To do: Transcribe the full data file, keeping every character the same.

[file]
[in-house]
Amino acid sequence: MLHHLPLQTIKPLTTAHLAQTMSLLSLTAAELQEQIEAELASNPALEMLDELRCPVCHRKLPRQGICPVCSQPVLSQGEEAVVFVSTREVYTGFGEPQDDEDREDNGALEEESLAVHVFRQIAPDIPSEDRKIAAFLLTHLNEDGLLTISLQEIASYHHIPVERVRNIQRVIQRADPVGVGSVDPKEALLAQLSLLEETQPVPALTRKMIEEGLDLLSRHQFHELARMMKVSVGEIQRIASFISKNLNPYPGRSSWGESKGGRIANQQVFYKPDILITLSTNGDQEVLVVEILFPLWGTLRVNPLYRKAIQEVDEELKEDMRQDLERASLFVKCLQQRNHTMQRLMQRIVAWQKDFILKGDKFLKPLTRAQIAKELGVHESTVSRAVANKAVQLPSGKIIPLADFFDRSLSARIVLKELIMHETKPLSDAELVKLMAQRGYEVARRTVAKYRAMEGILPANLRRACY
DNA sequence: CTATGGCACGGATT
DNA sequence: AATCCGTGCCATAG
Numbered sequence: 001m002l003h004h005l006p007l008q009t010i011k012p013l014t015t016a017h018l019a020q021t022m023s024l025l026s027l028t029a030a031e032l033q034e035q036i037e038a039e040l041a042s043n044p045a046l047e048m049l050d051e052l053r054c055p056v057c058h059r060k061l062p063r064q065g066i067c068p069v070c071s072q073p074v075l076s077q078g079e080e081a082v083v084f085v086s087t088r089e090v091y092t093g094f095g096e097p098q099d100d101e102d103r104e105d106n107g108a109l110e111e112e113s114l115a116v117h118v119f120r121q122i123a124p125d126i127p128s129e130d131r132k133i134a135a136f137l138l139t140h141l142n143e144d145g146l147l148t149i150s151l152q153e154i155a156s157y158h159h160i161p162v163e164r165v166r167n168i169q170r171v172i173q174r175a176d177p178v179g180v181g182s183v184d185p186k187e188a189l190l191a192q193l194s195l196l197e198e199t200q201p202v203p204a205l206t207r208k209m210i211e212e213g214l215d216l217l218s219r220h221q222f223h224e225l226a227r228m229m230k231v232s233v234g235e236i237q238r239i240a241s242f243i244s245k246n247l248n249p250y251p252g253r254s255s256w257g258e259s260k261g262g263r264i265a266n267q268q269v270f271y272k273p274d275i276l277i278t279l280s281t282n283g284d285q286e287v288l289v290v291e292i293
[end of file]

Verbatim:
[in-house]
Amino acid sequence: MLHHLPLQTIKPLTTAHLAQTMSLLSLTAAELQEQIEAELASNPALEMLDELRCPVCHRKLPRQGICPVCSQPVLSQGEEAVVFVSTREVYTGFGEPQDDEDREDNGALEEESLAVHVFRQIAPDIPSEDRKIAAFLLTHLNEDGLLTISLQEIASYHHIPVERVRNIQRVIQRADPVGVGSVDPKEALLAQLSLLEETQPVPALTRKMIEEGLDLLSRHQFHELARMMKVSVGEIQRIASFISKNLNPYPGRSSWGESKGGRIANQQVFYKPDILITLSTNGDQEVLVVEILFPLWGTLRVNPLYRKAIQEVDEELKEDMRQDLERASLFVKCLQQRNHTMQRLMQRIVAWQKDFILKGDKFLKPLTRAQIAKELGVHESTVSRAVANKAVQLPSGKIIPLADFFDRSLSARIVLKELIMHETKPLSDAELVKLMAQRGYEVARRTVAKYRAMEGILPANLRRACY
DNA sequence: CTATGGCACGGATT
DNA sequence: AATCCGTGCCATAG
Numbered sequence: 001m002l003h004h005l006p007l008q009t010i011k012p013l014t015t016a017h018l019a020q021t022m023s024l025l026s027l028t029a030a031e032l033q034e035q036i037e038a039e040l041a042s043n044p045a046l047e048m049l050d051e052l053r054c055p056v057c058h059r060k061l062p063r064q065g066i067c068p069v070c071s072q073p074v075l076s077q078g079e080e081a082v083v084f085v086s087t088r089e090v091y092t093g094f095g096e097p098q099d100d101e102d103r104e105d106n107g108a109l110e111e112e113s114l115a116v117h118v119f120r121q122i123a124p125d126i127p128s129e130d131r132k133i134a135a136f137l138l139t140h141l142n143e144d145g146l147l148t149i150s151l152q153e154i155a156s157y158h159h160i161p162v163e164r165v166r167n168i169q170r171v172i173q174r175a176d177p178v179g180v181g182s183v184d185p186k187e188a189l190l191a192q193l194s195l196l197e198e199t200q201p202v203p204a205l206t207r208k209m210i211e212e213g214l215d216l217l218s219r220h221q222f223h224e225l226a227r228m229m230k231v232s233v234g235e236i237q238r239i240a241s242f243i244s245k246n247l248n249p250y251p252g253r254s255s256w257g258e259s260k261g262g263r264i265a266n267q268q269v270f271y272k273p274d275i276l277i278t279l280s281t282n283g284d285q286e287v288l289v290v291e292i293